The fund will be administered by Africa Podfest, a Kenyan-based company focused on inspiring and elevating African podcasters.

"Africa Podfest is excited about the development of podcasting in Africa, particularly because the medium allows underrepresented African voices to tell the story of Africa,” Africa Podfest CEO Melissa Mbugua said.

The Sandwich podcast, which is infused with a little bit of humour, and delivered in English, Kiswahili and Sheng, has topics revolving around the different life experiences of the the four young creatives and guests they feature.

The podcast has 102 official episodes on all streaming platforms from a total of 120 that constitute special episodes.

They also have a total of 689,000 streams on all podcast platforms, each episode ranging from 8,000 to 10,000 streams, with their most listened to episode having 12,000 streams.

The idea behind their podcast was to move their group conversations to a space that has an audience.

“We have a lot of laughable conversations but we started the podcast jokingly in 2019. We recorded our first podcast on July 31, 2020,” Nyamita said.

“Owen and I were friends from high school. We later became friends with Nyamita and thereafter Joan joined us. I, however, knew Joan from way back. She later became friends with the rest of the team and that’s how we became friends," Kibet said.

Joan said that everything they say in their episodes is relatable.

“The audience we mostly reach are individuals within our age bracket. We don’t want people to feel alone,”she said, adding that their target audience is those aged between 18 and 25 years.

“We aim to discuss things that people relate to. Even when we start every episode we start by asking ‘how was your day?’ We want to cover as many topics as we can,” Nyamita said.

This whole idea brought about the name Sandwich.

The team said their lowest moment happened after their first live show that took place on August 25 last year they "lost money and sank into debt."

Nyamita said that a friend betrayed them but their second live show turned out to be a success.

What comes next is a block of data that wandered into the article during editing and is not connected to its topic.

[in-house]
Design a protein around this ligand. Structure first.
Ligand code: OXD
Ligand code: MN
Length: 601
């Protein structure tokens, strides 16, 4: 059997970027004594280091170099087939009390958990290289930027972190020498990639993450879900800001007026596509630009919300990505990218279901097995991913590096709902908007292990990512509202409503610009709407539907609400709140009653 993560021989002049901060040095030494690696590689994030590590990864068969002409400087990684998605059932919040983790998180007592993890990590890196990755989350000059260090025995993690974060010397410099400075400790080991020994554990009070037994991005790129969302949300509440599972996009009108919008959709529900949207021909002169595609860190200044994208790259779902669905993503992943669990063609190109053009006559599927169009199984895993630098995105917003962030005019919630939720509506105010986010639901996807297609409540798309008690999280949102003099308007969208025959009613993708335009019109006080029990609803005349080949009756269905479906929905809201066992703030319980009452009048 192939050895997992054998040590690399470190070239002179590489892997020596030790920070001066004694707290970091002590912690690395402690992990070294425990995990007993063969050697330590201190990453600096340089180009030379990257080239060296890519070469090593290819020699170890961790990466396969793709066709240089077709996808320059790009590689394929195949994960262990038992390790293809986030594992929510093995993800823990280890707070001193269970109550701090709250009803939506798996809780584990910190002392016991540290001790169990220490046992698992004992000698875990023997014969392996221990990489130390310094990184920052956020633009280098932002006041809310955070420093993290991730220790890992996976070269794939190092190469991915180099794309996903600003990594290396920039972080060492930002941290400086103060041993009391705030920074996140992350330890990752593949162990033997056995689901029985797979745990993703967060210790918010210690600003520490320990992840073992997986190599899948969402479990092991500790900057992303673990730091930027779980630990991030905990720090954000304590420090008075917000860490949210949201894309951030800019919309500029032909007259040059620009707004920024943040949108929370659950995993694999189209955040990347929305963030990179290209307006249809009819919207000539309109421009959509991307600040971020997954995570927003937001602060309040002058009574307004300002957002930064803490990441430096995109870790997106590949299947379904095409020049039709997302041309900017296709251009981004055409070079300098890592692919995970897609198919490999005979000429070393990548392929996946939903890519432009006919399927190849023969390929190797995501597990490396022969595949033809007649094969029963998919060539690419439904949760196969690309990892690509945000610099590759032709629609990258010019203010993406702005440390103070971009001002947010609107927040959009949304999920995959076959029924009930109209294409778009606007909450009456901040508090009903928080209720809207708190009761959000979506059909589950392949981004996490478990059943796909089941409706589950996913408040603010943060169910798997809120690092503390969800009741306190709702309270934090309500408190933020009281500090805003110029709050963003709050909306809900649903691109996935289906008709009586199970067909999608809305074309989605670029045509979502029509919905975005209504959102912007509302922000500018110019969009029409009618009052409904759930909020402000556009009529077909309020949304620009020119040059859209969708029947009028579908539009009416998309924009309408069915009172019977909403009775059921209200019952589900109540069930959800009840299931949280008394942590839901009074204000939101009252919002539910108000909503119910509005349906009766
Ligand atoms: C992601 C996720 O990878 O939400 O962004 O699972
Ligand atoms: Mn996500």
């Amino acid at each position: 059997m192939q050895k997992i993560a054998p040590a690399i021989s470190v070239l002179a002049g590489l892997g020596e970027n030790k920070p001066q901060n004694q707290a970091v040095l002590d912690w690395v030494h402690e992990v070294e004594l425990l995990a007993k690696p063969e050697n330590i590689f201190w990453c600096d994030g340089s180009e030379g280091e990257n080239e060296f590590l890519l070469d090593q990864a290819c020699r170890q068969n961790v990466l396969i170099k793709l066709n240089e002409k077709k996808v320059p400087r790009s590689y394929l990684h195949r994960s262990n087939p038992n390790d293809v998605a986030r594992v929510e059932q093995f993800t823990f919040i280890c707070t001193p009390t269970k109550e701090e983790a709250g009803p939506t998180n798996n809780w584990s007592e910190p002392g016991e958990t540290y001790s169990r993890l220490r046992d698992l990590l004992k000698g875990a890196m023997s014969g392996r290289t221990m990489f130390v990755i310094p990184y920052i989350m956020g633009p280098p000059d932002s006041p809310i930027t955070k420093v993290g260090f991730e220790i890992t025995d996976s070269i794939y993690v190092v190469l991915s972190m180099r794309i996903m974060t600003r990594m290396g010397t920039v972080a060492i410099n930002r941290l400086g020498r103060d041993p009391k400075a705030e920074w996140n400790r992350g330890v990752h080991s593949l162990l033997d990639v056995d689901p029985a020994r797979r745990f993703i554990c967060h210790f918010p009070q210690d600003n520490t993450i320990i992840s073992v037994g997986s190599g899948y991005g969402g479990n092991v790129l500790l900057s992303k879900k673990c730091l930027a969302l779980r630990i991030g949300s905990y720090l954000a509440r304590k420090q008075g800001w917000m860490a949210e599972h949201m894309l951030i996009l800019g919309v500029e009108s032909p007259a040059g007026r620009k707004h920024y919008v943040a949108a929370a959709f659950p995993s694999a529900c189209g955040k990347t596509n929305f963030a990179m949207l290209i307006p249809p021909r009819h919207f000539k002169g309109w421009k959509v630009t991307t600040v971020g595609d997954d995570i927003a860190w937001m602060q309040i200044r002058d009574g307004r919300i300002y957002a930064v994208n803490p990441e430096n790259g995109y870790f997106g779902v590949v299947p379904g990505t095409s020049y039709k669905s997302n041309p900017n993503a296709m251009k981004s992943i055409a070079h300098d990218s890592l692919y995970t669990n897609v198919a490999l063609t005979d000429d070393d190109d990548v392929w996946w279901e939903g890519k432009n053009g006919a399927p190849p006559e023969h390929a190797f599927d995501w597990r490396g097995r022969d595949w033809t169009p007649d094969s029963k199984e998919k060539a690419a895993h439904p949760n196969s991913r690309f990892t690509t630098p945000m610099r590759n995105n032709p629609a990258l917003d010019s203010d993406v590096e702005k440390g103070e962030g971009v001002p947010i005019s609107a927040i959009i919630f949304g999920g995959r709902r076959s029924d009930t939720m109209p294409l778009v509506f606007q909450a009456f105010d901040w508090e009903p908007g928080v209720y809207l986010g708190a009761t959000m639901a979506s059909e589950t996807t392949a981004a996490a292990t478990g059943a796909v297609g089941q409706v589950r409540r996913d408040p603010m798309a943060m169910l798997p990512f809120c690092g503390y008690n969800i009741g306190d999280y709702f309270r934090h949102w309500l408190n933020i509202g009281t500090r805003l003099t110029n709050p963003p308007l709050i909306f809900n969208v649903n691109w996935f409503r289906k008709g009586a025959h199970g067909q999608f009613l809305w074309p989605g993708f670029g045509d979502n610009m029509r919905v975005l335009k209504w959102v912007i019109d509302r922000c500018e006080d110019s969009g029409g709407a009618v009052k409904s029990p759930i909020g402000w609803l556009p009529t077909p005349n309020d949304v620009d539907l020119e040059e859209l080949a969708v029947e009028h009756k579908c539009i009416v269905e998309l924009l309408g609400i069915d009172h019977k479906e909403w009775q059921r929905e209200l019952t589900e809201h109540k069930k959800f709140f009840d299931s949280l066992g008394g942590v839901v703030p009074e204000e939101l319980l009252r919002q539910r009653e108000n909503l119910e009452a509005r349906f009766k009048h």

“We became the first group to do a live show in Kenya and the second one became the biggest show in Kenya in the podcasting scene,” he said.  

Their second show had a total of 703 tickets and totally sold out.

Through the Spotify fund, the team is really excited and hopeful that they will continue growing.

“The fund is going to help so many podcasts. It will help us to plan for our future live shows. I support it 100 per cent,” Owen said.

Through the fund, the team said that they felt validated, seen and appreciated.

Owen said that the announcement of the podcast funding sparked a national conversation all over social media.

“People started knowing things about podcasting and the type of podcasters that are in Kenya,” he said.

Joan said that for Kenya to be selected among all the East African countries meant that the country is doing well.

“This means that we are doing something right and we are in the right space,” she added.

Joan said the announcement made the team reach out to the other podcasters who are part of the fund.

“Apart from live shows, through the fund, we will be able to collaborate and interact with others in this space,” she said.

“Not many people do podcasting in Africa and this was a good way to get more people come into this industry.”

Joan said that more companies coming up to fund podcasters in their journey sheds light on the future of podcasting.

Aceda, however, said that Spotify should have given more money.

“Semabox is investing more money than what is being offered by Spotify,” he said.

“They should match us. We have invested in over 70 creators. Some podcasts we have invested as much as sh two million.”

He said that the platform has 325 million users every month.

“I am glad that they are giving recognition to local creators but frankly speaking they can give 10 times the amount they are offering,” the SemaBox CEO said. 

He also said that Spotify can afford such an amount for podcasts in Africa.

Meanwhile, Kibet said that the Spotify fund will go a long way in building their journey in the industry.

"There was a time we started off and were not earning anything but now we have grown,” he said.

The four have called on the government to support creators and lower the costs of recording podcasts.

“Recoding a session, four people for one episode costs Sh 36,000. That is someone’s salary,” Owen said.

The four are, however, open to the idea of partnering with other creators to elevate this industry.


(edited by Amol Awuor)